is paraphrasing Grant Morrison, who said, ‘Sometimes superheroes exist to
settle complex moral arguments by beating each other into the ground. Don’t
laugh, that’s the way we deal with things in the real world, too.’ But the nice
thing about super heroes, though, is that they do break down these complex
stories into more symbolic and metaphorical struggles. Which is why, sometimes
even when they get it wrong, it’s still useful. I had a weird thought for our
AutisticCosplay friend, The Vision. The Vision book. It’s very…”

1:15:10 Matt:
“In fact, the Tom King… Oh! The reason why– Oh my god, that’s a good
call.”

1:15:14 Taliesin:
“So, you all know The Vision from The Avengers. Now, it’s kind of dark,
and if you know The Vision from the Marvel movies, he’s an android.”

1:15:26 Amy:
“A synthesoid.”

1:15:27 Taliesin:
“Synthesoid. And the book, he has built himself a wife and two
children.”

1:15:34 Matt:
“And a dog.”

[They discuss when in the story the dog was built.]

1:15:56 Taliesin:
“And I would be curious– Actually this is not a recommendation. AutisticCosplay,
I actually would love for you to pick up a couple issues of this and tell us
what you think. ‘Cause I would be genuinely fascinated by your opinion of it,
of how you feel. It’s not a representation of autism, necessarily, but it’s
such a spectacularly interesting point of view, and it creates one of my new
favorite characters. The Vision’s daughter is now a character.”

1:16:21 Matt:
“Viv.”

1:16:22 Taliesin:
“Viv, in the Champions. And I cannot wait for the cosplay of this
character. She’s so cool! And so, I would be really curious to see what you
think.”

1:16:32 Matt:
“I’m going to…”

1:16:34 Amy:
“They’re struggling with emotional issues and relating to people.”

1:16:37 Taliesin:
“Yeah, ’cause they’re whole thing is they want to try and pretend to be–
they’re like, we’re going to try and be human, and we’re going to be a human
family, but they’re not.”

1:16:48 Matt:
“Yeah. I want to tread carefully in saying this, because I myself am not
autistic.”

1:16:52 Taliesin:
“We are in tread carefully territory.”

1:16:53 Matt:
“No, I know. But I also want to make sure that I’m respecting those of you
who do deal with this. But it does feel like, even though they never label Viv,
or Vision, or anyone in the family as having autism, or being on the spectrum
in any way, their behavior, and their interaction with the world, does seem to
100% mimic…”

1:17:14 Taliesin:
“Fall into that direction.”

1:17:15 Matt:
“or fall into that category in a way,”

1:17:18 Taliesin:
“It’s very analytical.”

1:17:18 Matt:
“that someone with autism might be able to actually really identify with
that character, but still see the strengths of being who that person is.”

1:17:26 Taliesin:
“And then watching these analytical characters fall in love, and experience
theater. One of the characters falls in love with Shakespeare and starts really
identifying really heavily with Shakespeare. And there’s this intense romantic
relationship that one of the characters… It’s fascinating.”

1:17:44 Amy:
“There is also– You get really heartwarming stories like one that went
around after Guardians of the Galaxy hit theaters,”

1:17:49 Taliesin:
“Draxx.”

1:17:50 Amy:
“Where someone said, ‘My brother,’ I think it was they were talking about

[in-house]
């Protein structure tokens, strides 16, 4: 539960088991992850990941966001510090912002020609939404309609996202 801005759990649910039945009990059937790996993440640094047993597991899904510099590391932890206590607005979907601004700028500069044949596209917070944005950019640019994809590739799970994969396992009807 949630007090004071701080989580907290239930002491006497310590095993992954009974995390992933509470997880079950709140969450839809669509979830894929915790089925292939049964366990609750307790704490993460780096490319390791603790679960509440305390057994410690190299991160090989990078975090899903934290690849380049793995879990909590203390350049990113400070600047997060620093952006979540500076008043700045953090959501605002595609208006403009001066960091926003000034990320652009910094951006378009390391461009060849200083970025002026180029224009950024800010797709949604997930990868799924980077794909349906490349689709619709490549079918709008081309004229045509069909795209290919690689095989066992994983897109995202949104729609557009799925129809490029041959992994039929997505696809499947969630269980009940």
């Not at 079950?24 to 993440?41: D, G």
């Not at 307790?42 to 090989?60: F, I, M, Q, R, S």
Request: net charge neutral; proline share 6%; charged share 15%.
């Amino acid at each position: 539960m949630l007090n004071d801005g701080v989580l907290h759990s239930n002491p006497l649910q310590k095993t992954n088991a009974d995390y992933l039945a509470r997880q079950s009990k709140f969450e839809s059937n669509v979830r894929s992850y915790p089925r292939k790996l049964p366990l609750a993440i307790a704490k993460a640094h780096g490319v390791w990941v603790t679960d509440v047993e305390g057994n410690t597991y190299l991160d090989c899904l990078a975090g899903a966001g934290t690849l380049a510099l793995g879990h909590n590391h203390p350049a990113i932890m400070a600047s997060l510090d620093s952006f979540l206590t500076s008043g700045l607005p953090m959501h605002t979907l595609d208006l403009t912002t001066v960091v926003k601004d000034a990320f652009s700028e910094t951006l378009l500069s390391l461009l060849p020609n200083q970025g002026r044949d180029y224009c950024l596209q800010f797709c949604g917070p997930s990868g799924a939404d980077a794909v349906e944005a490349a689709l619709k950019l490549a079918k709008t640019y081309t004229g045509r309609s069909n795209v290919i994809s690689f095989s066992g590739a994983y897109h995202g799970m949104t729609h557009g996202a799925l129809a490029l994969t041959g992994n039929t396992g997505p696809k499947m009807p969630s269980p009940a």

their brother, they watched the movie and their brother was just incredibly
struck by watching Draxx.”

1:18:00 Taliesin:
“In the movie!”

1:18:00 Amy:
“Literally for comedic effect, in the movie, their brother said, ‘That’s
how I see the world!’ And so, that’s one of those, without intending to
necessarily create a representation in an old hero, they did something that
reached that viewer in a really special way.”

1:18:18 Taliesin:
“Please don’t read Draxx in the comics, by the way. Nah.”

1:18:20 Amy:
“Quite different!”

1:18:20 Taliesin:
“Not yet, not yet!”

1:18:21 Matt:
“Very different. But I think there’s something to be said for seeing– I
feel like so many times– And I know this from my dealing with depression, you
can feel– I’m saying, me dealing with my depression and extrapolating that to
someone who’s dealing with autism, and that’s the best that I can do. But it’s
good to see people who I know are depressed, who also kind of are able to
manage it and see their own value, and continue to push through into the world
and do their own thing. And I would imagine that someone with autism, on the
spectrum in any capacity, would also enjoy that. And see that Draxx actually
has an immense amount of value, and is invaluable to the team.”

1:19:09 Amy:
“Not related to his ability to pick up social cues.”

1:19:09 Matt:
“And despite his shortcomings or whatever else, despite all of that…”

1:19:12 Taliesin:
“Which actually just makes him adored, and fabulous, and fun, and great.
Without that he’d be less of a character.”

1:19:18 Matt:
“So, there’s something to be said for, yes, this is something that you
have to manage, and maybe something that you have to deal with, and maybe even
something that you get made fun of, but that’s also a wonderful part of who you
are.”

1:19:30 Taliesin:
“And we have this– Thanks to these cameras we have this wonderful
community of people who can litmus test some stuff for us and tell us what they
think.”

1:19:38 Amy:
“Are you checking us? Because that’s important.”

1:19:40 Taliesin:
“Please! I’m so excited. I’m so
excited to have people read some of these books, and I want to hear what you
have to say.”

1:19:47